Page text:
حمایت خود مدیریتی در مراقبت های اولیه: مصوبات، اختلالات و عواقب مکالمه
|کد مقاله||سال انتشار||مقاله انگلیسی||ترجمه فارسی||تعداد کلمات|
|29608||2014||9 صفحه PDF||سفارش دهید||8157 کلمه|
Publisher : Elsevier - Science Direct (الزویر - ساینس دایرکت)
Journal : Social Science & Medicine, Volume 108, May 2014, Pages 97–105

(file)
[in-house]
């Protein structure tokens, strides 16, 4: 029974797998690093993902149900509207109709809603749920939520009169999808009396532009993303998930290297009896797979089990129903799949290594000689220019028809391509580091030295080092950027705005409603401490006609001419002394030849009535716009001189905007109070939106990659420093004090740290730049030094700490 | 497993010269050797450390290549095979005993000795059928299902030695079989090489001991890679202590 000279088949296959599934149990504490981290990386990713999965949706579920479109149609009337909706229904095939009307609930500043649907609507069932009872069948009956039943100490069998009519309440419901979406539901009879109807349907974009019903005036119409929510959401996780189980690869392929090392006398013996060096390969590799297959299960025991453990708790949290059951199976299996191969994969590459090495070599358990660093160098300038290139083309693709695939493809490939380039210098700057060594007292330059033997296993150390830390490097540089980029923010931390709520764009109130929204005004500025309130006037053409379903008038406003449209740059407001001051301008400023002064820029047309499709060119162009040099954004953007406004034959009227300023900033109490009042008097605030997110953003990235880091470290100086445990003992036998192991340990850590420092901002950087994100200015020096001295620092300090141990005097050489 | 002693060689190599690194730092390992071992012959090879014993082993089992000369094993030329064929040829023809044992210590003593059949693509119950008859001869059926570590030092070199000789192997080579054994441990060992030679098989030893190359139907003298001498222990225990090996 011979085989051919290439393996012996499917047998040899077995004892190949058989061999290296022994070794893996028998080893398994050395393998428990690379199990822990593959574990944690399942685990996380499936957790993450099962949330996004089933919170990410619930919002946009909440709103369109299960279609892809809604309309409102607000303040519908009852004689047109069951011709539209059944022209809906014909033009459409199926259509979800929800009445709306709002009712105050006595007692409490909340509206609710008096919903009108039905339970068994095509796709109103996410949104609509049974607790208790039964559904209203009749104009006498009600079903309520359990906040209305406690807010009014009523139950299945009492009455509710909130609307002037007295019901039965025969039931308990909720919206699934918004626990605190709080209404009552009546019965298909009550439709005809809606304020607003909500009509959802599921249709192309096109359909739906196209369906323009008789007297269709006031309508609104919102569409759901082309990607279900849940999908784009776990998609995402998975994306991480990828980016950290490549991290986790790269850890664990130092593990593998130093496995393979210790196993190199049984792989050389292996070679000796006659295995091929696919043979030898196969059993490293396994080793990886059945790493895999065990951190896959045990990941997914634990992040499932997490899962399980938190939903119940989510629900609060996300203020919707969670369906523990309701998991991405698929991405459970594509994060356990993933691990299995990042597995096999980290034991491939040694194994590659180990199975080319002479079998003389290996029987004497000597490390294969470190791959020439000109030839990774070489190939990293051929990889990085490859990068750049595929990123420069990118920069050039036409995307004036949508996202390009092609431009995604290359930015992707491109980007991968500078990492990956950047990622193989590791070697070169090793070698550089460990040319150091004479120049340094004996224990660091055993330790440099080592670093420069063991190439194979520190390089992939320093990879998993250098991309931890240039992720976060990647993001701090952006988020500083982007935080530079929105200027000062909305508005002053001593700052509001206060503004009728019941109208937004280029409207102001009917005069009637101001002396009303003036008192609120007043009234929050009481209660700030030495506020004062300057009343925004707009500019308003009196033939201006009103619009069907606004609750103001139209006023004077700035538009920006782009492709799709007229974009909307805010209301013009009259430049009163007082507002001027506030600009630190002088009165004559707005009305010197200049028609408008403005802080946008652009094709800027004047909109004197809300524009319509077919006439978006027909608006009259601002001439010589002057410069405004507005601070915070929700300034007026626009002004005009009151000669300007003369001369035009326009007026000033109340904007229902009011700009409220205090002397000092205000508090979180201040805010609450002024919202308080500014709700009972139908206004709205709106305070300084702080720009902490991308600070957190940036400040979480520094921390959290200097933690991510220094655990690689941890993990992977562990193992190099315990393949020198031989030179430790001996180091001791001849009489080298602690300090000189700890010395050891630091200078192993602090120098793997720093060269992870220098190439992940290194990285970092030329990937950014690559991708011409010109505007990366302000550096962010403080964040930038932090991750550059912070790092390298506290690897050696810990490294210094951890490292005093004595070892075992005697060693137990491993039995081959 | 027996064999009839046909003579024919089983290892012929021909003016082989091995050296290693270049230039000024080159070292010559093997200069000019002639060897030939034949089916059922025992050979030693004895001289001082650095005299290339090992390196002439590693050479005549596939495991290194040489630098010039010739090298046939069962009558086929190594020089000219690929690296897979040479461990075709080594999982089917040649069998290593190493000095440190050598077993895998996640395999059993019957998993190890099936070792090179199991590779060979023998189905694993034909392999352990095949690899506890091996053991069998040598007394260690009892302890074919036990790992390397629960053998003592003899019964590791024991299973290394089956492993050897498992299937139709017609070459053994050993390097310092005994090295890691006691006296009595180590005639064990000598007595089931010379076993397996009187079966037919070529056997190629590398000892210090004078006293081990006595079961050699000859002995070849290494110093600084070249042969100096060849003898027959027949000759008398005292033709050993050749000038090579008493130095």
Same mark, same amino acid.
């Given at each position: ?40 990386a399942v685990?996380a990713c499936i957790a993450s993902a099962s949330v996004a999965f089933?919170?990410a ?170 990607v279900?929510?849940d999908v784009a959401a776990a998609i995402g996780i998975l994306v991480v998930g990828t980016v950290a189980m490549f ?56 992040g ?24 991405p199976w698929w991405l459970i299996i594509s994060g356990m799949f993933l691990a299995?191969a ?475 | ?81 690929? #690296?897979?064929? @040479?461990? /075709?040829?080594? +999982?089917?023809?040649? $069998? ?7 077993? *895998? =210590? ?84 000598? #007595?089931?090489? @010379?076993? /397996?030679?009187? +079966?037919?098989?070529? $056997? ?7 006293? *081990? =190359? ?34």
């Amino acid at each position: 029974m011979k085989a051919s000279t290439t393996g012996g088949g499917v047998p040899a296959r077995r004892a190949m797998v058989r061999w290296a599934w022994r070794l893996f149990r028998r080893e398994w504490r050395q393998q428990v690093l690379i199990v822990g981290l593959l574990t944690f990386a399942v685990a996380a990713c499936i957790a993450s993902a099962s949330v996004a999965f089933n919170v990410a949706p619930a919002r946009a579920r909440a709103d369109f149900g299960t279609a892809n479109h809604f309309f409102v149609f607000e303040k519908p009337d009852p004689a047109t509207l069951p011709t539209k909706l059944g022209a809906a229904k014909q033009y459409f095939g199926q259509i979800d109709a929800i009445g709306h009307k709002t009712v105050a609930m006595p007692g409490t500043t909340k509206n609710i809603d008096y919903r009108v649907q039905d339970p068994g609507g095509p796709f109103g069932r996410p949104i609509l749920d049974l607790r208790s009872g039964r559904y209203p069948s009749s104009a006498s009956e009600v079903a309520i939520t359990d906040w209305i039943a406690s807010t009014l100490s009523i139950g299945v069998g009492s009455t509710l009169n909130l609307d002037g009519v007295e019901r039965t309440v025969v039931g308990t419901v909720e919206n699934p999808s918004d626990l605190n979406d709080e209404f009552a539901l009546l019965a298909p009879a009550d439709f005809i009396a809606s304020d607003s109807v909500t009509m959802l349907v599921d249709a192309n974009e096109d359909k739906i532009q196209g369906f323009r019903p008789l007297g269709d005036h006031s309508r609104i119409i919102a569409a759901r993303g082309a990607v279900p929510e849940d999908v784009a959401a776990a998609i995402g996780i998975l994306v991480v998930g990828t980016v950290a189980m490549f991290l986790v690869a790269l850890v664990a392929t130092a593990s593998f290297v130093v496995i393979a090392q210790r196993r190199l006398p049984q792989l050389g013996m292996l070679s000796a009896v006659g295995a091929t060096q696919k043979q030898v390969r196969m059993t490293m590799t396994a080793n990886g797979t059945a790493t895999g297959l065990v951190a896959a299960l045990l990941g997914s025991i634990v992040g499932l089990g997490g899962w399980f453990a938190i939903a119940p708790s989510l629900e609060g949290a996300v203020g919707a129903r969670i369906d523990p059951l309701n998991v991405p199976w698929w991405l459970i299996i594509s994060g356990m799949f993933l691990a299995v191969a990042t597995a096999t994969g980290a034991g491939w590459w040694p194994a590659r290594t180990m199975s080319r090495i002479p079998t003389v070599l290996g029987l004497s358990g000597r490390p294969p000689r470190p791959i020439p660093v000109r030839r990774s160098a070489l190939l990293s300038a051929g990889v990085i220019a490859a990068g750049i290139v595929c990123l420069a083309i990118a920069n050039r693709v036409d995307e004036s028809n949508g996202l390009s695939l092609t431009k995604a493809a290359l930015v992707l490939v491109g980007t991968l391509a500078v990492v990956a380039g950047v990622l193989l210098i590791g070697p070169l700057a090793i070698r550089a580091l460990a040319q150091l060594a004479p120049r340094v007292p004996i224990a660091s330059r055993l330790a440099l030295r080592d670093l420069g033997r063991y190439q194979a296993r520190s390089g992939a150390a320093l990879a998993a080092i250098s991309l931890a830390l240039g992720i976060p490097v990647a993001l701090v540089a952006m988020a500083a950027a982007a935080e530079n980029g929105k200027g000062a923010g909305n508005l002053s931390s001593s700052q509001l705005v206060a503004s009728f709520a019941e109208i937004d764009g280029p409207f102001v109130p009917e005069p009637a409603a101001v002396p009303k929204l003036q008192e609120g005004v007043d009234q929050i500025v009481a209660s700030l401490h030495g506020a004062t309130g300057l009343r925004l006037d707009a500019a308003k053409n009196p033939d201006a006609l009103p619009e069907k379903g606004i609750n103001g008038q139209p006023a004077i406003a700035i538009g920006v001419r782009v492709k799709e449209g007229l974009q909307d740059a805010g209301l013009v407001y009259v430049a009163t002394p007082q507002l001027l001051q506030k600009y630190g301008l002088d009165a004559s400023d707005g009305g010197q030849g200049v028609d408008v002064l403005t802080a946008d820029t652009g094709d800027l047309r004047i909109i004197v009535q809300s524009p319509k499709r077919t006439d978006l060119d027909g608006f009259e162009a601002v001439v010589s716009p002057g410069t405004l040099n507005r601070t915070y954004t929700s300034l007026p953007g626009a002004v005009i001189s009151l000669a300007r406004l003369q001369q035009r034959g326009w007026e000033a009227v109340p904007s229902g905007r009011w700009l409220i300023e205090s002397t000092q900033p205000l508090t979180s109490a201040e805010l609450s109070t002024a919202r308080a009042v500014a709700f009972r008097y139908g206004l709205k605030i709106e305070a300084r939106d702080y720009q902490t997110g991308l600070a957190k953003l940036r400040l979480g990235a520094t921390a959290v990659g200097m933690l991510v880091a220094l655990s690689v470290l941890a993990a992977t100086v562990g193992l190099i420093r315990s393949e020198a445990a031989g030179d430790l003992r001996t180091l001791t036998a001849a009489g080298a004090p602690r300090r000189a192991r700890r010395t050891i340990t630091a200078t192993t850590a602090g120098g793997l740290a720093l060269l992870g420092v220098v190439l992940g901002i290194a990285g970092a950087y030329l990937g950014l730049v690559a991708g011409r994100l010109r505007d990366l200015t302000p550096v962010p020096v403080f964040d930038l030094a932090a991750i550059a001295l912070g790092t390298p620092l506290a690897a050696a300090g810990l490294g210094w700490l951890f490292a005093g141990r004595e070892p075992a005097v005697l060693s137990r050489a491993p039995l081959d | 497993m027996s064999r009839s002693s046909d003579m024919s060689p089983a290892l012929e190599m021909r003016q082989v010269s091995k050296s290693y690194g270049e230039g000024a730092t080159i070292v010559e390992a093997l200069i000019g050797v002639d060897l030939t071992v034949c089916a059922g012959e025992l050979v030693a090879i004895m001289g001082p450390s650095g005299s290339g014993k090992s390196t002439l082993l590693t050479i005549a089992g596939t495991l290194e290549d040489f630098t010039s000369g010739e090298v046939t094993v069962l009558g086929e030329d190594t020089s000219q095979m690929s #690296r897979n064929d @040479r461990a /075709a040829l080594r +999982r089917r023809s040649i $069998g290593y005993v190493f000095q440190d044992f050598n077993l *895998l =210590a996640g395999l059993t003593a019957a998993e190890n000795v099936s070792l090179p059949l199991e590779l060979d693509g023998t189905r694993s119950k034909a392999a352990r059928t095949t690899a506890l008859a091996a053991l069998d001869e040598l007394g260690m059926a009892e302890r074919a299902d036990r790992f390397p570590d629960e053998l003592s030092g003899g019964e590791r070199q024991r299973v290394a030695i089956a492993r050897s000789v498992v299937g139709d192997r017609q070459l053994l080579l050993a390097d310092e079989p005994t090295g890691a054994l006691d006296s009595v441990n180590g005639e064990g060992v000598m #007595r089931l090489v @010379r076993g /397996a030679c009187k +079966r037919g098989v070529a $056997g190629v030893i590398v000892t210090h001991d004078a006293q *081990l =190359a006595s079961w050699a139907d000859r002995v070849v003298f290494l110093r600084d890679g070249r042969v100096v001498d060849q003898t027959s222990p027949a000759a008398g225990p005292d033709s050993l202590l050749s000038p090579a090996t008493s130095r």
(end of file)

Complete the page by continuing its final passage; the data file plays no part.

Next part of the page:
A common refrain in chronic disease management is that patients and clinicians need to enact new roles: patients as their own caregivers; clinicians as professional supporters of patient self-management activities. These roles are central to self-management support (SMS), an approach that emphasizes a clinical partnership, and promotes patient identification and achievement of realistic and short-term behavioral goals. With SMS, behavior change is the desired end, not the means to a desired biomedical end. Shifting SMS concepts into clinical practice has proven to be difficult and inconsistent, creating potential, unknown risks or harms to patients. We completed a discourse analysis of 16 clinical dialogues between diabetic patients and clinicians, collected during a study of six Ontario Family Health Teams, to explore the questions of risks and harms relating to SMS implementation. We observed varying degrees of incomplete implementation of SMS, as well as interactions that actively negated the core principles. Contrary to SMS principles, clinicians tended to emphasize behavioral changes as means to achieve biomedical ends, though to varying degrees. We present two appointments in detail, highlighting how linking behavior change closely with biomedical measures often elicited face-saving defenses from patients. The subsequent dialogue shifted attention away from problem solving and behavior change into active negotiation of responsibility and identity. Interactions that oriented more to SMS concepts elicited fewer defensive maneuvers from patients. Our analysis helps explicate one additional mechanism by which self-management talk threatens the clinical relationship, and highlights a promising method to mitigate this threat.